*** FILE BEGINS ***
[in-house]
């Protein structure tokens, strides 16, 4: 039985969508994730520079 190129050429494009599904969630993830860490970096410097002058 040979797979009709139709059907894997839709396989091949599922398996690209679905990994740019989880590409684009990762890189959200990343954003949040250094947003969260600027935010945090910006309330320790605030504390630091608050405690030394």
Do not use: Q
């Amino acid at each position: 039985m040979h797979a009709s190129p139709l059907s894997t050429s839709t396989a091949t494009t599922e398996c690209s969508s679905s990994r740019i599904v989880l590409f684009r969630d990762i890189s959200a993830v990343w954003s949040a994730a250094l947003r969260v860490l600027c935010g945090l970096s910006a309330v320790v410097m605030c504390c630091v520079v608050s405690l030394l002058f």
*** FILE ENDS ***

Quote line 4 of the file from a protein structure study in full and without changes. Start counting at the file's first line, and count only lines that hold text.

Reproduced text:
């Amino acid at each position: 039985m040979h797979a009709s190129p139709l059907s894997t050429s839709t396989a091949t494009t599922e398996c690209s969508s679905s990994r740019i599904v989880l590409f684009r969630d990762i890189s959200a993830v990343w954003s949040a994730a250094l947003r969260v860490l600027c935010g945090l970096s910006a309330v320790v410097m605030c504390c630091v520079v608050s405690l030394l002058f």